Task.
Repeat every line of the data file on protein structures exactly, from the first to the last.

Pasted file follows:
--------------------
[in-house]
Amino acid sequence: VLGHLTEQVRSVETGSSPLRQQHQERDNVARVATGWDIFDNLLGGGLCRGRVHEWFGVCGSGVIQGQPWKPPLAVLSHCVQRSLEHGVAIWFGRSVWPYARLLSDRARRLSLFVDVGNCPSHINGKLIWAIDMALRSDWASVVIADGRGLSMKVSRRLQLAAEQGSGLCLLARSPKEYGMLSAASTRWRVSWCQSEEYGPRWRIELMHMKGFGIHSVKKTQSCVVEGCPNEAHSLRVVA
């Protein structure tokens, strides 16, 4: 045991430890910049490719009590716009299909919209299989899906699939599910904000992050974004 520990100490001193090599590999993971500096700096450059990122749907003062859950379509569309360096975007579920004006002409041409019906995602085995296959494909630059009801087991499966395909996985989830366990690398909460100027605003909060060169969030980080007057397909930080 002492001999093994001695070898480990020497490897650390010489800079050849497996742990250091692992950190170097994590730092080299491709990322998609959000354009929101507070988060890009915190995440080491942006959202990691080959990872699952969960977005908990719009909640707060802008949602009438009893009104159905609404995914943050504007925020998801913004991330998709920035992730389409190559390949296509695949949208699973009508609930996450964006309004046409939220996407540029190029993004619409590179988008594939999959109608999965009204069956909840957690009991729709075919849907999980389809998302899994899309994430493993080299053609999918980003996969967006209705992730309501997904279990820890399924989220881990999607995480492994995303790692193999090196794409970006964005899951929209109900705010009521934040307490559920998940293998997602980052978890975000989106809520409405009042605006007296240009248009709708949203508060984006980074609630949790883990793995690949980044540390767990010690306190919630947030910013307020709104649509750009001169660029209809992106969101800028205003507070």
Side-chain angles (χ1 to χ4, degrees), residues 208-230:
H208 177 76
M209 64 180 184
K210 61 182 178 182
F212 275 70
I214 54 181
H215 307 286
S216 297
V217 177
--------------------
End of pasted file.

[in-house]
Amino acid sequence: VLGHLTEQVRSVETGSSPLRQQHQERDNVARVATGWDIFDNLLGGGLCRGRVHEWFGVCGSGVIQGQPWKPPLAVLSHCVQRSLEHGVAIWFGRSVWPYARLLSDRARRLSLFVDVGNCPSHINGKLIWAIDMALRSDWASVVIADGRGLSMKVSRRLQLAAEQGSGLCLLARSPKEYGMLSAASTRWRVSWCQSEEYGPRWRIELMHMKGFGIHSVKKTQSCVVEGCPNEAHSLRVVA
């Protein structure tokens, strides 16, 4: 045991430890910049490719009590716009299909919209299989899906699939599910904000992050974004 520990100490001193090599590999993971500096700096450059990122749907003062859950379509569309360096975007579920004006002409041409019906995602085995296959494909630059009801087991499966395909996985989830366990690398909460100027605003909060060169969030980080007057397909930080 002492001999093994001695070898480990020497490897650390010489800079050849497996742990250091692992950190170097994590730092080299491709990322998609959000354009929101507070988060890009915190995440080491942006959202990691080959990872699952969960977005908990719009909640707060802008949602009438009893009104159905609404995914943050504007925020998801913004991330998709920035992730389409190559390949296509695949949208699973009508609930996450964006309004046409939220996407540029190029993004619409590179988008594939999959109608999965009204069956909840957690009991729709075919849907999980389809998302899994899309994430493993080299053609999918980003996969967006209705992730309501997904279990820890399924989220881990999607995480492994995303790692193999090196794409970006964005899951929209109900705010009521934040307490559920998940293998997602980052978890975000989106809520409405009042605006007296240009248009709708949203508060984006980074609630949790883990793995690949980044540390767990010690306190919630947030910013307020709104649509750009001169660029209809992106969101800028205003507070």
Side-chain angles (χ1 to χ4, degrees), residues 208-230:
H208 177 76
M209 64 180 184
K210 61 182 178 182
F212 275 70
I214 54 181
H215 307 286
S216 297
V217 177